Venous thrombosis model
The rabbit VT model, described by Hollenbach et al.  with modification , was used in this study. Briefly, male New Zealand White rabbits were anesthetized with ketamine (50 mg kg−1 + 50 mg kg−1 h−1 i.m.) and xylazine (10 mg kg−1 + 10 mg kg−1 h−1 i.m.). The right jugular vein and left femoral artery were isolated and catheterized for IV infusion and the collection of blood samples, respectively. Silk threads attached to a copper wire were placed in the vena cava to induce the formation of a non-occlusive thrombus.
Prevention model The inhibitors or vehicle were administered IV 30 min prior to the placement of the prosthetic VT device. The test inhibitor was given as a bolus injection (1 mL kg−1) and supplemented with a constant IV infusion (1 mL kg−1 h−1) to quickly achieve an effective and stable plasma level of the compound. Ninety minutes after the placement of the threads, the abdominal vena cava was isolated and the threads with associated thrombus were removed, blotted twice on a weighing paper and weighed as described previously . The thrombus weight was calculated by subtracting the average weight of eight pieces of 4–0 silk threads, 3 cm in length, from the total weight of thrombus and threads.
In the VT prevention study (n = 6 per group), the apixaban group consisted of vehicle (10%N-N-dimethylacetamide: 90% of 5% dextrose) and apixaban (mg kg−1 + mg kg−1 h−1) at 0.006 + 0.009, 0.018 + 0.026, 0.06 + 0.09, 0.18 + 0.26 and 0.6 + 0.9. The rivaroxaban group consisted of vehicle (10%N-N-dimethylacetamide:30% polyethylene glycol 400:60% water) and rivaroxaban (mg kg−1 + mg kg−1 h−1) at 0.006 + 0.009, 0.018 + 0.026, 0.06 + 0.09, 0.18 + 0.26 and 0.6 + 0.9. The dabigatran group consisted of vehicle (10%N-N-dimethylacetamide:90% of 5% dextrose) and dabigatran (mg kg−1 + mg kg−1 h−1) at 0.006 + 0.009, 0.018 + 0.026, 0.06 + 0.09, 0.18 + 0.26 and 0.6 + 0.9.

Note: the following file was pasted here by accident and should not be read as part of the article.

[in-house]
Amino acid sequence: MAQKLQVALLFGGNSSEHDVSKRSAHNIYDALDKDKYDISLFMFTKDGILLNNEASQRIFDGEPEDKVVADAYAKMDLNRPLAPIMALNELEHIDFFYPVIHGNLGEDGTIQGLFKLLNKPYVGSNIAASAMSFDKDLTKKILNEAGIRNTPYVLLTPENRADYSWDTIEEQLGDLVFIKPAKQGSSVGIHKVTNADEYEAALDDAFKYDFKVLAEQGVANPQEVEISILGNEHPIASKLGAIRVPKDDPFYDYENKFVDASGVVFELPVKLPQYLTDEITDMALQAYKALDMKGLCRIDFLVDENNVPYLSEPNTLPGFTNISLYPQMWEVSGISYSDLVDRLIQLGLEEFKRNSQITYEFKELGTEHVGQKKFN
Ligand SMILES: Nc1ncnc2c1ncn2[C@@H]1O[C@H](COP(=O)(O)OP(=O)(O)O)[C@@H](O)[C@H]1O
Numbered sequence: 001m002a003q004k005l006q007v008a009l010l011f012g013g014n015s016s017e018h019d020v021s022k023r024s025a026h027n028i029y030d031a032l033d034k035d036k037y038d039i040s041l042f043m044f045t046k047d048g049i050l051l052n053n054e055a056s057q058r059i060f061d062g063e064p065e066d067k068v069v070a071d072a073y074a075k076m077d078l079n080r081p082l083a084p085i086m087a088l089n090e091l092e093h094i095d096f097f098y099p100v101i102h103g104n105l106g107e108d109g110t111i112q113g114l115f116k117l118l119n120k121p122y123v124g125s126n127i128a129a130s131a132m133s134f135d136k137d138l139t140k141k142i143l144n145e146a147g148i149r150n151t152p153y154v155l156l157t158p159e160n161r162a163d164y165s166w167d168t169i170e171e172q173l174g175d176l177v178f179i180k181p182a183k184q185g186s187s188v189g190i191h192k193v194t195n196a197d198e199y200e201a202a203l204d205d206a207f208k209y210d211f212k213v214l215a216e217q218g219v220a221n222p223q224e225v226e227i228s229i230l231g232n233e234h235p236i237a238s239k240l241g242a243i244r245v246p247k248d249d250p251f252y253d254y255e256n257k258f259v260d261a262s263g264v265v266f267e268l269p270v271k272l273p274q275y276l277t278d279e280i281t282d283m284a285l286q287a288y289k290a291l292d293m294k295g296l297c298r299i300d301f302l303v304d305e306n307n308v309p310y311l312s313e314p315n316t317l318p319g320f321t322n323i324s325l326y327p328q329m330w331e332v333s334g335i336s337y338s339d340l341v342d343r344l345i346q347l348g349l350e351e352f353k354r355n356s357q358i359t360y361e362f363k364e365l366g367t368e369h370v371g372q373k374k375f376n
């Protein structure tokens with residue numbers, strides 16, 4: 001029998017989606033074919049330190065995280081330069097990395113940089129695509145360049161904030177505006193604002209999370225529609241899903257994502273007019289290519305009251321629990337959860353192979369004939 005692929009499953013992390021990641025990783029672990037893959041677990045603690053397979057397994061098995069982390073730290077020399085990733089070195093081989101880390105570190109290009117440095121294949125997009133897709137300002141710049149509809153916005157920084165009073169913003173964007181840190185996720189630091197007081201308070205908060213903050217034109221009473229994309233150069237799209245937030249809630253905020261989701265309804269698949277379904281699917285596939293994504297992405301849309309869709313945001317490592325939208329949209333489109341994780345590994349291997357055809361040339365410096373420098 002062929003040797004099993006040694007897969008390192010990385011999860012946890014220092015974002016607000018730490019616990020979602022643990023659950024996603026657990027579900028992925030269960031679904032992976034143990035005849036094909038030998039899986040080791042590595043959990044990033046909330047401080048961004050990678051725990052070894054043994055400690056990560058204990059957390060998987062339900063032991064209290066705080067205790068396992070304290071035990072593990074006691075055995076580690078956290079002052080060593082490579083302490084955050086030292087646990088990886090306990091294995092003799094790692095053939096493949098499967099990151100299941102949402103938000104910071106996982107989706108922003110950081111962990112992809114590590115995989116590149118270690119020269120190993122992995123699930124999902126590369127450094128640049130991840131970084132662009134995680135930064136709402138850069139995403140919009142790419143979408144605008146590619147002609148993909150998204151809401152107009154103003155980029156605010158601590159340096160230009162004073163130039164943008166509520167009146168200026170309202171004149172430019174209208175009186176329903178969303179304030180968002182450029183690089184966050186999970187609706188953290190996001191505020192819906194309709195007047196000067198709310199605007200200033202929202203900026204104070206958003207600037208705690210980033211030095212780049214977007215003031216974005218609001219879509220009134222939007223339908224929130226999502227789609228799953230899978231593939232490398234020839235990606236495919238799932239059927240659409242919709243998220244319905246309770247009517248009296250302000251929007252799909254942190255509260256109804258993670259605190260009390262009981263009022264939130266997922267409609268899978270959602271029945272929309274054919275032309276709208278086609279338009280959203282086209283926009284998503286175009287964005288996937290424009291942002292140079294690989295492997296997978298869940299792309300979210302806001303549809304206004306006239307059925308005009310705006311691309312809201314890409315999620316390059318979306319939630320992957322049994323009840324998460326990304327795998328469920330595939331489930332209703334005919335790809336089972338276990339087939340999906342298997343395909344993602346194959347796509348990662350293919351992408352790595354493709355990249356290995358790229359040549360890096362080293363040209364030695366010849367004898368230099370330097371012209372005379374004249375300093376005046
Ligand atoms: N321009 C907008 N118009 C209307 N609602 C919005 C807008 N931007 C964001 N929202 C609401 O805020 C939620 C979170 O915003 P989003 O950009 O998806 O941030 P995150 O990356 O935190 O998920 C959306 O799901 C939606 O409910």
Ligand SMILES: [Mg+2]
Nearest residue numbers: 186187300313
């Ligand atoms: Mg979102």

Treatment model The antithrombotic activity of compounds was measured in a pre-existing environment of active thrombosis. Inhibitors or vehicle were administered 30 min after the placement of the threads to allow for significant thrombus growth prior to antithrombotic treatment. The test inhibitor was given as a bolus injection and supplemented with a constant IV infusion as described above. After the compound was infused for 2 h, the thrombus was removed from the abdominal vena cava and was weighed as described above.
In the VT treatment study, a separate group of rabbits was used in which the clot size was measured 30 min after the placement of the VT device. The apixaban group consisted of vehicle and apixaban (mg kg−1 + mg kg−1 h−1) at 0.018 + 0.026, 0.06 + 0.09, 0.18 + 0.26 and 0.6 + 0.9. The rivaroxaban group consisted of vehicle and rivaroxaban (mg kg−1 + mg kg−1 h−1) at 0.018 + 0.026, 0.06 + 0.09, 0.18 + 0.26 and 0.6 + 0.9. The dabigatran group consisted of vehicle and dabigatran (mg kg−1 + mg kg−1 h−1) at 0.006 + 0.009, 0.018 + 0.026, 0.06 + 0.09, 0.18 + 0.26 and 0.6 + 0.9. The same vehicles were used as described above and the n is 6 per group.